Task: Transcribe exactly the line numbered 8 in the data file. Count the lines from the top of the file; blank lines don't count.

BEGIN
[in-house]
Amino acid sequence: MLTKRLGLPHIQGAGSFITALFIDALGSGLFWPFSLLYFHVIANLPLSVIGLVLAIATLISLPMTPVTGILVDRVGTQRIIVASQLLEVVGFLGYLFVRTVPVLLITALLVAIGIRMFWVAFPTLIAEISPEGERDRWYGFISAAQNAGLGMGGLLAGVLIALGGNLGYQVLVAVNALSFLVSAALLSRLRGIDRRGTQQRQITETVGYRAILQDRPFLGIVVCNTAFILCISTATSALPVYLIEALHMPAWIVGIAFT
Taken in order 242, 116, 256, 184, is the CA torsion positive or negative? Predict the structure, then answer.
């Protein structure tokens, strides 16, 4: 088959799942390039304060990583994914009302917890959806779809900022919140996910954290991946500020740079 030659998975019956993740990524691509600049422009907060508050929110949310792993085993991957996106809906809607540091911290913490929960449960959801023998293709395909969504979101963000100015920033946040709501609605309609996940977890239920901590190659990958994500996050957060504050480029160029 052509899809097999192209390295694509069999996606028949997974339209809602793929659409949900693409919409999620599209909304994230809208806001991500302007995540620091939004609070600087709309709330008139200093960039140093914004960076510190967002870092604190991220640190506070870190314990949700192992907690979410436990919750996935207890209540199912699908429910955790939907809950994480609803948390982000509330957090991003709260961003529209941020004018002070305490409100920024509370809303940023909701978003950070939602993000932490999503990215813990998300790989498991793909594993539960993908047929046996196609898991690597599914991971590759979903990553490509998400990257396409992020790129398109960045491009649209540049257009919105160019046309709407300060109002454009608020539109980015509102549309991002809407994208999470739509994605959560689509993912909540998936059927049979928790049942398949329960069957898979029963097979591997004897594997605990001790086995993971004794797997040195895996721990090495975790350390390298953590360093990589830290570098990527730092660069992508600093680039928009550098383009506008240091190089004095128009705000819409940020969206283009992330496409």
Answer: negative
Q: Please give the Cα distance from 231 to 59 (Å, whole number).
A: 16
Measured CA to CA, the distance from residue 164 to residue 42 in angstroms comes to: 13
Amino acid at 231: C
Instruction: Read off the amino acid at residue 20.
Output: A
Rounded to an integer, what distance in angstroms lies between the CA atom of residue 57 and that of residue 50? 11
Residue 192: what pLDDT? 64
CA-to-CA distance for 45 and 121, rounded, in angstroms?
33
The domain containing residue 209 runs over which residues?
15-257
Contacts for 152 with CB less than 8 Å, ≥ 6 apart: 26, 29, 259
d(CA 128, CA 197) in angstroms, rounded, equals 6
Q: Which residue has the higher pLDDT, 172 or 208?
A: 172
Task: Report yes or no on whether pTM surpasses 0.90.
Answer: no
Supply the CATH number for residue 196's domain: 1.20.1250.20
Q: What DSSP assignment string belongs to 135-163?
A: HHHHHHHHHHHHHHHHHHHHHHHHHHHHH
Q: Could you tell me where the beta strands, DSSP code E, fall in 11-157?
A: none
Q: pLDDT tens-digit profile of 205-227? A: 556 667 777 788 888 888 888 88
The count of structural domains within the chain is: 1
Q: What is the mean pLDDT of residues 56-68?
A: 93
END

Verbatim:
Measured CA to CA, the distance from residue 164 to residue 42 in angstroms comes to: 13